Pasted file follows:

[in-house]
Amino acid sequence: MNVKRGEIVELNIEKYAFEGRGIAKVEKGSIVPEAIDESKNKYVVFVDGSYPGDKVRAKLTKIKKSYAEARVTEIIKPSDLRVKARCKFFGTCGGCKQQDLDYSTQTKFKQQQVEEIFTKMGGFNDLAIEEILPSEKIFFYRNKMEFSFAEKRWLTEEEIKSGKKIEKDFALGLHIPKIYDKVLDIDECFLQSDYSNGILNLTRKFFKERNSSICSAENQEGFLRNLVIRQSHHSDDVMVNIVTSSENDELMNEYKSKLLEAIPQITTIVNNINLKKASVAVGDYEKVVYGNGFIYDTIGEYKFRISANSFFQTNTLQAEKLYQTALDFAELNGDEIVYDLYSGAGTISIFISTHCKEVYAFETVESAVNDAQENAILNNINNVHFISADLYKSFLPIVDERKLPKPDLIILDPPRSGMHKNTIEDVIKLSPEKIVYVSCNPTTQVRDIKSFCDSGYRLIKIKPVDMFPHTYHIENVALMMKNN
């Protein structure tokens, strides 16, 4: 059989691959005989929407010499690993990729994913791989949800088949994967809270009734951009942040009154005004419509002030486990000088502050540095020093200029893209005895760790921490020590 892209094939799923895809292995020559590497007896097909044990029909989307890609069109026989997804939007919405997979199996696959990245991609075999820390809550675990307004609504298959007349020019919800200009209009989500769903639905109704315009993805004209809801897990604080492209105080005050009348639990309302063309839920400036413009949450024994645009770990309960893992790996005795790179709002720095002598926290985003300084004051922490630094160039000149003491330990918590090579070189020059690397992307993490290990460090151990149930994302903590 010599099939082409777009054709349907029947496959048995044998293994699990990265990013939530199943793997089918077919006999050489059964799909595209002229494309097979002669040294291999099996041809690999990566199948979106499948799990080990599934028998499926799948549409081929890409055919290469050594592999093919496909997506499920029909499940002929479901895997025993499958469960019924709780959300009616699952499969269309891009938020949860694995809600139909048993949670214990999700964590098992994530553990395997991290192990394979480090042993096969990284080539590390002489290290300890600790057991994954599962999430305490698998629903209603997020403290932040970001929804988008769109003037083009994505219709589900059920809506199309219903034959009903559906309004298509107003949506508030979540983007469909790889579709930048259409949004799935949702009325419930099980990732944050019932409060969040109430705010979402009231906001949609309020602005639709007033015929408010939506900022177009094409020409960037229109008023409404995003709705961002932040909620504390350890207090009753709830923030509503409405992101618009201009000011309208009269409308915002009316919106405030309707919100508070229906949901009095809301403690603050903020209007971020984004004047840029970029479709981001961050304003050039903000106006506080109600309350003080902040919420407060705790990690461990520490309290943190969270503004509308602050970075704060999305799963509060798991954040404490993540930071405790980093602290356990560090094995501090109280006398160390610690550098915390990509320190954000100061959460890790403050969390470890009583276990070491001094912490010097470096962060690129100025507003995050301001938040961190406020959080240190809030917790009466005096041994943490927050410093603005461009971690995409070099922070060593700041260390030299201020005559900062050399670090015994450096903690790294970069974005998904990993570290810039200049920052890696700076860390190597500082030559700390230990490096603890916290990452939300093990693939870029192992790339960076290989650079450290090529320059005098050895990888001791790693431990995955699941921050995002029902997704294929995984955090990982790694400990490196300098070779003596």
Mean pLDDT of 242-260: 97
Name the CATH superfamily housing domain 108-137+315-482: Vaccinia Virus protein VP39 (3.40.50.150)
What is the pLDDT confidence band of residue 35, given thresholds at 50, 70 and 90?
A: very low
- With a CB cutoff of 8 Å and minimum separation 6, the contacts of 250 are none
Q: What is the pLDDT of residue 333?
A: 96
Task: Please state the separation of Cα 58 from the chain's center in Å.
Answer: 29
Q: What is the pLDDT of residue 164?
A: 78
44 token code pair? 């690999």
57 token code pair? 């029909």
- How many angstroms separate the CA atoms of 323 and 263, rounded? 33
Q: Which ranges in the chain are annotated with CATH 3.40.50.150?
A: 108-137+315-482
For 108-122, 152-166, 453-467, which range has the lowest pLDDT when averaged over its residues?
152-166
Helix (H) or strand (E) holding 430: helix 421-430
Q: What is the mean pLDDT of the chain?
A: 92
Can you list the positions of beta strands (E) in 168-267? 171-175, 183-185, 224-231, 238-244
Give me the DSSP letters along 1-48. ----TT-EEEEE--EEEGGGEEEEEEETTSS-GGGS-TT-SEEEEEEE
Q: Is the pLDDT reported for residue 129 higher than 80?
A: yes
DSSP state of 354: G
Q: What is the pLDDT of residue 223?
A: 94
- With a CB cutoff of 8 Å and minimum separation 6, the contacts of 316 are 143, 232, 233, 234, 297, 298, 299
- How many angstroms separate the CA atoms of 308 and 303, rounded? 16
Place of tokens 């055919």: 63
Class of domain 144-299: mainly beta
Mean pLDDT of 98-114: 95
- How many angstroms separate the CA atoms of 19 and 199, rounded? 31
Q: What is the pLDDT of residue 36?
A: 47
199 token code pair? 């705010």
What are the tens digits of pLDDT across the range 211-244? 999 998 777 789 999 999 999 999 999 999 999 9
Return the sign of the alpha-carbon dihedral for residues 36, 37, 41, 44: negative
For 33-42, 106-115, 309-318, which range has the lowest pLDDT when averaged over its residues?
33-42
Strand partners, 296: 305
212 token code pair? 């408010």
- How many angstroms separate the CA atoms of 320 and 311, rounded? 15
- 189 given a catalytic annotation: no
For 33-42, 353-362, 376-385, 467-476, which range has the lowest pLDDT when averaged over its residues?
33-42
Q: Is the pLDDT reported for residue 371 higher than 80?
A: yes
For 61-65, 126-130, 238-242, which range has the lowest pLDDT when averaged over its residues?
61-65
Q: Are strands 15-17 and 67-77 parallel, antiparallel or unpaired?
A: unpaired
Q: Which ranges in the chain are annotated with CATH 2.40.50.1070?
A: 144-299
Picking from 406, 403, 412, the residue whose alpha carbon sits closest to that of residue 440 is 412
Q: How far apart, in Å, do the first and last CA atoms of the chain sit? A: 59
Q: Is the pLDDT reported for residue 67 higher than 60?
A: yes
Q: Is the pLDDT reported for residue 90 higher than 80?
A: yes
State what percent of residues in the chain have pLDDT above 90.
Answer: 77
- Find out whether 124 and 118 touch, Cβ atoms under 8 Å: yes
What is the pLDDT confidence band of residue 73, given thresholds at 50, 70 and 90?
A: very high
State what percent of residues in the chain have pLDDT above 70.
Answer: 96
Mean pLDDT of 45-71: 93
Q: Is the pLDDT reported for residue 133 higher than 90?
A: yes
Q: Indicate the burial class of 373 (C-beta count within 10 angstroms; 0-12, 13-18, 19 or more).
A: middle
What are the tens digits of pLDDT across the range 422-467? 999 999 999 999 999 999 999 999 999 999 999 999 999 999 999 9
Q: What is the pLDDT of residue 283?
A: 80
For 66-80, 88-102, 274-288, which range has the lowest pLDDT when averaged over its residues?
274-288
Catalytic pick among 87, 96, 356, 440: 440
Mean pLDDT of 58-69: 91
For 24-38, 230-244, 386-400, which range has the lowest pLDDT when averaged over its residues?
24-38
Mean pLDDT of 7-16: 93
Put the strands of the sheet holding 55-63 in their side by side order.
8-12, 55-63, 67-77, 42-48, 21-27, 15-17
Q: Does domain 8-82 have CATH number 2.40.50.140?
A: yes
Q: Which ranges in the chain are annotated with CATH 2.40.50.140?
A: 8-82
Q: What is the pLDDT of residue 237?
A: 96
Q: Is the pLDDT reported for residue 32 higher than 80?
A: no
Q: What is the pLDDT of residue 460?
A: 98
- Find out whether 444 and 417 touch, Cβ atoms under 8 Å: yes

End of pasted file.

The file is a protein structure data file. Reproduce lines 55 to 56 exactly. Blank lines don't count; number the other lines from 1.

Q: Are strands 15-17 and 67-77 parallel, antiparallel or unpaired?
A: unpaired